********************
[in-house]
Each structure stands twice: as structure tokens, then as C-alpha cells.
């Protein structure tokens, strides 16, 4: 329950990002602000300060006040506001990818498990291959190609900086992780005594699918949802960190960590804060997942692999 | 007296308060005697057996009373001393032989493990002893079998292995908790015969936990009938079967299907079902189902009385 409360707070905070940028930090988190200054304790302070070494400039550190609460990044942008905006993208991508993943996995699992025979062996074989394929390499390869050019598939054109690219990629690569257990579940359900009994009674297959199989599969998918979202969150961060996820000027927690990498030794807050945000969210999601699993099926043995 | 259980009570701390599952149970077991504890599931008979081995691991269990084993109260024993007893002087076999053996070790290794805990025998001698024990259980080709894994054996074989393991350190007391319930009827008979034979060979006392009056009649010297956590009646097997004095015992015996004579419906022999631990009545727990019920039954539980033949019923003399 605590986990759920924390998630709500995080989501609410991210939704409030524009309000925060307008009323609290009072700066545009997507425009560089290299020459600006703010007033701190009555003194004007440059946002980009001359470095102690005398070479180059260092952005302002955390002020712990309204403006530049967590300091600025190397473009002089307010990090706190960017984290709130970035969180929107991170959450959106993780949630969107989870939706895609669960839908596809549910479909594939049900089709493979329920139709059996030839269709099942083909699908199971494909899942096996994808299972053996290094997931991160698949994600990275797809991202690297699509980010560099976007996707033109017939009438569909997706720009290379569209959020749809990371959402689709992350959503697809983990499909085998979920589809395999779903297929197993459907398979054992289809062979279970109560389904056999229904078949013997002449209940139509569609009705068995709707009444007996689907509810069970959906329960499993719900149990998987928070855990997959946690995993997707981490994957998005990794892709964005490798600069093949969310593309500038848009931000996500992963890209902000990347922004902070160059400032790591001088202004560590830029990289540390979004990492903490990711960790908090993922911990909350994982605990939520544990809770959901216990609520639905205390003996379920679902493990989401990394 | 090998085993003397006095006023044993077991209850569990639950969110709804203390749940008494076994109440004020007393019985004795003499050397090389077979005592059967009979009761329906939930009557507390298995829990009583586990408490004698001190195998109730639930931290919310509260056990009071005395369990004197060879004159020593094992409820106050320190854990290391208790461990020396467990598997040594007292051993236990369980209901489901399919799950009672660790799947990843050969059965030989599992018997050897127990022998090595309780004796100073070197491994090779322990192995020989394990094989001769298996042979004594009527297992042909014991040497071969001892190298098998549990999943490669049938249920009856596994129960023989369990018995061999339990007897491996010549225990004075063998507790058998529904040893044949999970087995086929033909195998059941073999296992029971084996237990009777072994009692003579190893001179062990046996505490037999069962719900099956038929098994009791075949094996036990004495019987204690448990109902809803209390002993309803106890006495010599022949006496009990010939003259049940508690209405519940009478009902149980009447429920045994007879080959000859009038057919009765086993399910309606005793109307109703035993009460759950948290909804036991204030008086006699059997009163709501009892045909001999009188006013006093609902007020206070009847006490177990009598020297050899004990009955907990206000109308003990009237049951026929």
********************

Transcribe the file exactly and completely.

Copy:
[in-house]
Each structure stands twice: as structure tokens, then as C-alpha cells.
């Protein structure tokens, strides 16, 4: 329950990002602000300060006040506001990818498990291959190609900086992780005594699918949802960190960590804060997942692999 | 007296308060005697057996009373001393032989493990002893079998292995908790015969936990009938079967299907079902189902009385 409360707070905070940028930090988190200054304790302070070494400039550190609460990044942008905006993208991508993943996995699992025979062996074989394929390499390869050019598939054109690219990629690569257990579940359900009994009674297959199989599969998918979202969150961060996820000027927690990498030794807050945000969210999601699993099926043995 | 259980009570701390599952149970077991504890599931008979081995691991269990084993109260024993007893002087076999053996070790290794805990025998001698024990259980080709894994054996074989393991350190007391319930009827008979034979060979006392009056009649010297956590009646097997004095015992015996004579419906022999631990009545727990019920039954539980033949019923003399 605590986990759920924390998630709500995080989501609410991210939704409030524009309000925060307008009323609290009072700066545009997507425009560089290299020459600006703010007033701190009555003194004007440059946002980009001359470095102690005398070479180059260092952005302002955390002020712990309204403006530049967590300091600025190397473009002089307010990090706190960017984290709130970035969180929107991170959450959106993780949630969107989870939706895609669960839908596809549910479909594939049900089709493979329920139709059996030839269709099942083909699908199971494909899942096996994808299972053996290094997931991160698949994600990275797809991202690297699509980010560099976007996707033109017939009438569909997706720009290379569209959020749809990371959402689709992350959503697809983990499909085998979920589809395999779903297929197993459907398979054992289809062979279970109560389904056999229904078949013997002449209940139509569609009705068995709707009444007996689907509810069970959906329960499993719900149990998987928070855990997959946690995993997707981490994957998005990794892709964005490798600069093949969310593309500038848009931000996500992963890209902000990347922004902070160059400032790591001088202004560590830029990289540390979004990492903490990711960790908090993922911990909350994982605990939520544990809770959901216990609520639905205390003996379920679902493990989401990394 | 090998085993003397006095006023044993077991209850569990639950969110709804203390749940008494076994109440004020007393019985004795003499050397090389077979005592059967009979009761329906939930009557507390298995829990009583586990408490004698001190195998109730639930931290919310509260056990009071005395369990004197060879004159020593094992409820106050320190854990290391208790461990020396467990598997040594007292051993236990369980209901489901399919799950009672660790799947990843050969059965030989599992018997050897127990022998090595309780004796100073070197491994090779322990192995020989394990094989001769298996042979004594009527297992042909014991040497071969001892190298098998549990999943490669049938249920009856596994129960023989369990018995061999339990007897491996010549225990004075063998507790058998529904040893044949999970087995086929033909195998059941073999296992029971084996237990009777072994009692003579190893001179062990046996505490037999069962719900099956038929098994009791075949094996036990004495019987204690448990109902809803209390002993309803106890006495010599022949006496009990010939003259049940508690209405519940009478009902149980009447429920045994007879080959000859009038057919009765086993399910309606005793109307109703035993009460759950948290909804036991204030008086006699059997009163709501009892045909001999009188006013006093609902007020206070009847006490177990009598020297050899004990009955907990206000109308003990009237049951026929």